1. Run the motor at the point of maximum efficiency for whatever speed the bike is travelling and rely on the rider to add sufficient power to maintain speed. This would increase range for a particular battery size.
2. Hill flattening. Sense the grade and provide power to offset a portion of the riders weight on hills. If the portion was 100% a hill would feel no different to the flat. Especially good for people that are overweight.
3. Don't provide assist until the rider is putting in more effort than it takes to walk then add more as the rider adds more. This might encourage the rider to increase their effort rather than reduce it. Most of the assist would be spent overcoming air drag in this case which is non optimal for range.
4. Use heart rate as a sensor input. If the rider is not working at 80% of maximum they don't get any help but the more they go up the more help they get.
5. Don't provide much assist at the start of a ride but add assist as the time goes by in the proportion that the rider tires.
6. Vary the algorithm depending on the purpose, for example a ride for pleasure and exercise versus a desire to arrive at the office sweat free.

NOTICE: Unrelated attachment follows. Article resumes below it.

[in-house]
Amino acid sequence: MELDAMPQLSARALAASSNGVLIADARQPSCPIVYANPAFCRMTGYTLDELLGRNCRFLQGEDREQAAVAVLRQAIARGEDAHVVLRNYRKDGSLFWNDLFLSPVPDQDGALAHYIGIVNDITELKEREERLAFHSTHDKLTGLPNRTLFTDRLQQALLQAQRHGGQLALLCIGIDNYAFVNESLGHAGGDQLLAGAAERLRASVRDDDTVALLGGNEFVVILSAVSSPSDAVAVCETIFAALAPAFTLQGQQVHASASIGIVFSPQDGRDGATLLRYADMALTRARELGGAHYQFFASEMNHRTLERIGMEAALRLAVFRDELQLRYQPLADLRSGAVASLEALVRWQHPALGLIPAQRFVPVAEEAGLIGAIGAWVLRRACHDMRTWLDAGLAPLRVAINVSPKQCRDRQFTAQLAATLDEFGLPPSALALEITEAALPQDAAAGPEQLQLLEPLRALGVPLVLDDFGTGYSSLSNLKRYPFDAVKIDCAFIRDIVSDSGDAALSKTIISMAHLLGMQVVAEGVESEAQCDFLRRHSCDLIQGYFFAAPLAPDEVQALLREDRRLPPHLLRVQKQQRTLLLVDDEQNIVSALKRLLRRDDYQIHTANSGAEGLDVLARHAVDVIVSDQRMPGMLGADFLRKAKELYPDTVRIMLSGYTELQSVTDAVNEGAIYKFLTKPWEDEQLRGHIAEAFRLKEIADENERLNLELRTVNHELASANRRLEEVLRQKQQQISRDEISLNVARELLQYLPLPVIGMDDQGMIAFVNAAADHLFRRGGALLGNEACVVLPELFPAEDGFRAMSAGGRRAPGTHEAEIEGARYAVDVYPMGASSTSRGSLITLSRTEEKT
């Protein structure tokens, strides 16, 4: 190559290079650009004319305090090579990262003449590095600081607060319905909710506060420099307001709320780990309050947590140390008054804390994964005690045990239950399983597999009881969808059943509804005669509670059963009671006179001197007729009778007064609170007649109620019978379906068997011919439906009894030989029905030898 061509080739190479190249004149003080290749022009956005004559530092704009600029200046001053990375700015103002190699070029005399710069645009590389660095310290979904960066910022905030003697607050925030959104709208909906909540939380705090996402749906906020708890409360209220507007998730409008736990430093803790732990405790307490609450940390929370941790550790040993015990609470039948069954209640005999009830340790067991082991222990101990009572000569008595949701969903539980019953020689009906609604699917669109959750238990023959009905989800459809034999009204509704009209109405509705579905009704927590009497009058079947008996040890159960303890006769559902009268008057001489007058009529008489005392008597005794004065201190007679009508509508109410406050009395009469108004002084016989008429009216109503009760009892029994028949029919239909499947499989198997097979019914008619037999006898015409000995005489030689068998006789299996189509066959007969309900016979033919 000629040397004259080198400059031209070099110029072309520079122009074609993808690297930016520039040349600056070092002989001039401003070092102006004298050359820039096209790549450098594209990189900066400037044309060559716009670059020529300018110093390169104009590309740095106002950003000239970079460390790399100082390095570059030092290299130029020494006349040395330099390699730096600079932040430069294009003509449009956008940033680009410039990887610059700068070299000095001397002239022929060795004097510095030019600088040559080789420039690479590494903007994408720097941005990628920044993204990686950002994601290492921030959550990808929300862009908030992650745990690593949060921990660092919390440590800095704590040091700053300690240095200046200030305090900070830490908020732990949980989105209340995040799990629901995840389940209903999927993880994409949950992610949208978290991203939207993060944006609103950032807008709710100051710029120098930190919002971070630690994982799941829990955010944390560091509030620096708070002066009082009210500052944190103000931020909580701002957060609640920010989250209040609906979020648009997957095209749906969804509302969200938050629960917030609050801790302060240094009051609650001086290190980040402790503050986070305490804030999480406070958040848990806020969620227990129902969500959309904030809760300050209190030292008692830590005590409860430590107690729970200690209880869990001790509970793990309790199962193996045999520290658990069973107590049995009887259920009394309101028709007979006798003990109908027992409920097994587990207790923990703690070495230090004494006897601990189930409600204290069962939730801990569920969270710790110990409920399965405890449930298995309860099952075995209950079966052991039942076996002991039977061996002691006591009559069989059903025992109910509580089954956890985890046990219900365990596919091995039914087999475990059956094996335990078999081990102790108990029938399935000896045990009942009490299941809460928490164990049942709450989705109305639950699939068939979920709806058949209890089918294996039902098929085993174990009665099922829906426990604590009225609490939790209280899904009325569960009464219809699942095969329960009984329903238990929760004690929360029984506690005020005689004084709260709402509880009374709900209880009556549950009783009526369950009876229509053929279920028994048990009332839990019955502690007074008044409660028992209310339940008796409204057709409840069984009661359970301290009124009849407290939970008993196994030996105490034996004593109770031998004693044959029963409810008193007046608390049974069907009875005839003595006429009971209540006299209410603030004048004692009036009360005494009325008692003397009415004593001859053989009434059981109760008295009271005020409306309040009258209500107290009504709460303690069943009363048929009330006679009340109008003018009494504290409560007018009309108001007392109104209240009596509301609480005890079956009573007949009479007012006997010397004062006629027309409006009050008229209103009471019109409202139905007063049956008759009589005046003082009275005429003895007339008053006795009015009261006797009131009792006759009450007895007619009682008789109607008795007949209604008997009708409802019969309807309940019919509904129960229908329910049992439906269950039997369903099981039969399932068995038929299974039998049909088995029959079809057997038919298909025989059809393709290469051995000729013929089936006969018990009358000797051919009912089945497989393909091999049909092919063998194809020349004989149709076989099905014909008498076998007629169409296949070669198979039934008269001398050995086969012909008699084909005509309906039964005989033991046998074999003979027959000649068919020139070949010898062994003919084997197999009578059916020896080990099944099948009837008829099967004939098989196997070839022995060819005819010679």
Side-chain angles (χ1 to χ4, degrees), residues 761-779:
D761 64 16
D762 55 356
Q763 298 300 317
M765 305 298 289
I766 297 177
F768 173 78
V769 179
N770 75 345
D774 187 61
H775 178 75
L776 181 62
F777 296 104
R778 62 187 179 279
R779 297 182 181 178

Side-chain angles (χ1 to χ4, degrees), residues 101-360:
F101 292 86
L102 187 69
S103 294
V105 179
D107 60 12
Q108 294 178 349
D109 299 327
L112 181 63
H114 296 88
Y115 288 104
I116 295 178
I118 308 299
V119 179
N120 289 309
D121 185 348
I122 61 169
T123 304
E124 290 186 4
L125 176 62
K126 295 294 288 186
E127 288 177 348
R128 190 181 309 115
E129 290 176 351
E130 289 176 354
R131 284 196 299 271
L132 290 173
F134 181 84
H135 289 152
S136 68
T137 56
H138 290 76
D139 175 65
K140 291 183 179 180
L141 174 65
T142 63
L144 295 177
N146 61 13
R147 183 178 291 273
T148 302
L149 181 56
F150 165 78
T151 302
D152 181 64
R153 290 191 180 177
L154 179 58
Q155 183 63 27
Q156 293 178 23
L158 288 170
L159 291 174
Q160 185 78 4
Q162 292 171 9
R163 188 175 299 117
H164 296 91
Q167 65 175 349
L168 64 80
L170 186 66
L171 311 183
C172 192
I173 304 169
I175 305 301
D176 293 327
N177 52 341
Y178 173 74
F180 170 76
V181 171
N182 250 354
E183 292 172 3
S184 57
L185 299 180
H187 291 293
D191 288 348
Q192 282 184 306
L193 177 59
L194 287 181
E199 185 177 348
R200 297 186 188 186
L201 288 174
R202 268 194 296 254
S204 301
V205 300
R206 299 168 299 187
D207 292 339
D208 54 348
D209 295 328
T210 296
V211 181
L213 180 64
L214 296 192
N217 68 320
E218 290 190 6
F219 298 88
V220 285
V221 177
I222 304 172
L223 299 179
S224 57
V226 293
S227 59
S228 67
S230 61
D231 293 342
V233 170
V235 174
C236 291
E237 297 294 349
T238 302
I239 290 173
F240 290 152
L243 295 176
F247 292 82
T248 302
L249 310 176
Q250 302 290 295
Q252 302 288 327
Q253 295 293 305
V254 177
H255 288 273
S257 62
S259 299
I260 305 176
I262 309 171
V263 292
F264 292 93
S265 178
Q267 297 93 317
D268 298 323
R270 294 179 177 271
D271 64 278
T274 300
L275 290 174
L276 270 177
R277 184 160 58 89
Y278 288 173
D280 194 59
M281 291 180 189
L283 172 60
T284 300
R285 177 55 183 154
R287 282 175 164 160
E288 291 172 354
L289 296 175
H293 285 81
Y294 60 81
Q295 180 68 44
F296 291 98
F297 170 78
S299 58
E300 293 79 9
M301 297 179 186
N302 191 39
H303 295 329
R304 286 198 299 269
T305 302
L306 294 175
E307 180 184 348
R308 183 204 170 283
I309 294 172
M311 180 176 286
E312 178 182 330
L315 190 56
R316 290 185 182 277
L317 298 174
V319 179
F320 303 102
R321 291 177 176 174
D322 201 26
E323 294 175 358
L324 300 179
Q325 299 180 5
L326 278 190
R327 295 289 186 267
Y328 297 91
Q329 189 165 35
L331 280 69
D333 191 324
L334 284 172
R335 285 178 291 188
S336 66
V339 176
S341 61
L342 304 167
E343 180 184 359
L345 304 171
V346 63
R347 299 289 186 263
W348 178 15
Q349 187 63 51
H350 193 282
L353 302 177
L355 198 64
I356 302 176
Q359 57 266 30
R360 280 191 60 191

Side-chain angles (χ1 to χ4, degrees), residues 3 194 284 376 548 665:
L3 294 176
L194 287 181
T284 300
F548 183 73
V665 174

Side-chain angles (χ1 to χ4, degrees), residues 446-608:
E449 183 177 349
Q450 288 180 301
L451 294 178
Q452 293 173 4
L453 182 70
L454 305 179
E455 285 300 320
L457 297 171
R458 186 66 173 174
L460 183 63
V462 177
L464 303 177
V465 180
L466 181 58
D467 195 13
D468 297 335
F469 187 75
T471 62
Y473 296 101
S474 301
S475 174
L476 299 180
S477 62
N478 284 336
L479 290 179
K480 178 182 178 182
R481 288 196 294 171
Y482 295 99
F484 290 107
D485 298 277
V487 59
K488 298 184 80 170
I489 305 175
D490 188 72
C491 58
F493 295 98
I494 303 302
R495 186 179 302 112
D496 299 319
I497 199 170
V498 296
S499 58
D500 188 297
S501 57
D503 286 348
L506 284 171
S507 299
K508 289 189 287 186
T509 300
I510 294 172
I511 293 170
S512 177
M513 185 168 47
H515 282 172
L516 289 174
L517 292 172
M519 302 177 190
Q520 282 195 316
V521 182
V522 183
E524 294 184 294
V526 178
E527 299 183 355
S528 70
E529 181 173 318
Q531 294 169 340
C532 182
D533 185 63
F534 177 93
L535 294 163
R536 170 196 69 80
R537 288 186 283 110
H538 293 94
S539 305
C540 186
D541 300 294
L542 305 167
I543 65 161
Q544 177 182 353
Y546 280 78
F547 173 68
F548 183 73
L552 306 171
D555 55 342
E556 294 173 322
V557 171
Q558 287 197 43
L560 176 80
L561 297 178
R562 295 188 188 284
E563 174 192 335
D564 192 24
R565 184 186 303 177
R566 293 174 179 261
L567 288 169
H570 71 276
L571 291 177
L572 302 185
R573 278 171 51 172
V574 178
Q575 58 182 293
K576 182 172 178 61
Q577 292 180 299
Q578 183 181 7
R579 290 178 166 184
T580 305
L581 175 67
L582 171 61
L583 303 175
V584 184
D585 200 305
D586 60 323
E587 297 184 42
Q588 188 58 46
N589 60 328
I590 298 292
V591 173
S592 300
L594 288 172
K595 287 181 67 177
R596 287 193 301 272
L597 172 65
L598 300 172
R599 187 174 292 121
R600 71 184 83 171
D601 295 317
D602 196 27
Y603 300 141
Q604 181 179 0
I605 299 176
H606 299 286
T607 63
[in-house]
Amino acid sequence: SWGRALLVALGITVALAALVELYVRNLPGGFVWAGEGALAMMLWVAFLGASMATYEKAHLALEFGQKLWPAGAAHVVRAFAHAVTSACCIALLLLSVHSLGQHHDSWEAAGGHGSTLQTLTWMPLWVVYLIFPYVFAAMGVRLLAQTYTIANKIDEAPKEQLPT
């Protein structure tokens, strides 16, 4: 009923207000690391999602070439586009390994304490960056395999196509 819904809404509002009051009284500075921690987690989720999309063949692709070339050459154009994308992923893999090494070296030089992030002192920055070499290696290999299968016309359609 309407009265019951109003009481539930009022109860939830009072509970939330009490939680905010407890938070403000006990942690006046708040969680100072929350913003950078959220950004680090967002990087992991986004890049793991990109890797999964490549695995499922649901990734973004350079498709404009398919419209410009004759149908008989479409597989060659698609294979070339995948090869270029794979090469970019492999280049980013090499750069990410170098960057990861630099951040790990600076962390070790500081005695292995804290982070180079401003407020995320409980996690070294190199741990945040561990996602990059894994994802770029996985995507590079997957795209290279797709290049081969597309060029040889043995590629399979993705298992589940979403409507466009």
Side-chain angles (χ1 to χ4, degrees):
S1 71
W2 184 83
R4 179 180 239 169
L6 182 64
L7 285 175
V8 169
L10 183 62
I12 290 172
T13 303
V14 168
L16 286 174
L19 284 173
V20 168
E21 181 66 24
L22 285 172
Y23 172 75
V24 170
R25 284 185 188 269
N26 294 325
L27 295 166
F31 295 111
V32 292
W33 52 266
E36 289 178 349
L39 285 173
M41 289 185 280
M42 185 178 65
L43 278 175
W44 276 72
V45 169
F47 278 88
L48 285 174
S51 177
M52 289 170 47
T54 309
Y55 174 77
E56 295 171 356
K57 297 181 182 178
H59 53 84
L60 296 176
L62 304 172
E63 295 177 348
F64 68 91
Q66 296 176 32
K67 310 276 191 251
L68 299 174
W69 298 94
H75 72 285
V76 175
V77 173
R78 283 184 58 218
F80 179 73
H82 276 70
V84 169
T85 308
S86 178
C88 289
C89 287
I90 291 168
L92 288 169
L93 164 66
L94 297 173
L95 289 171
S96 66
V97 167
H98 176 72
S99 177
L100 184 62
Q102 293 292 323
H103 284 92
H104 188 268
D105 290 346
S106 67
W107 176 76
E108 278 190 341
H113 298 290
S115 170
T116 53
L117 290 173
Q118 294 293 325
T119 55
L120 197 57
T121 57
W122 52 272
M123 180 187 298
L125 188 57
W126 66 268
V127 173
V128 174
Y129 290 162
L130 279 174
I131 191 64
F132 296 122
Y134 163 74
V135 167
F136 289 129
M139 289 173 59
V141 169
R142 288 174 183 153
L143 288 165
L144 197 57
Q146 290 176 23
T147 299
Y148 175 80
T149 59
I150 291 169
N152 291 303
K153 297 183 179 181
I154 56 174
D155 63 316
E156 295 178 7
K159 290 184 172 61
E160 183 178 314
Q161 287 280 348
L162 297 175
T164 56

A good algorithm would be one that encouraged the rider to exercise more rather than motivating them to minimise effort.
Last edited by Ken Taylor on Mon Dec 24, 2012 4:51 am, edited 2 times in total. View post history.
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Re: Does More Power Sometimes Decrease Rider Satisfaction?

Postby mythprod » Mon Dec 24, 2012 1:52 am

I have a less scientific and more straight-forward mindset when it comes to ebikes - faster is better. At least so far it has been. My bike's a commuter. The faster I can get to work (and home) the better. I have no issues being motivated to help the motor out by pedaling as I would find it weird not to pedal anyway. I have a 1000W motor with a 48v 20ah battery and it can get me up to 30mph on flats and with pedaling I can get up to 35 mph.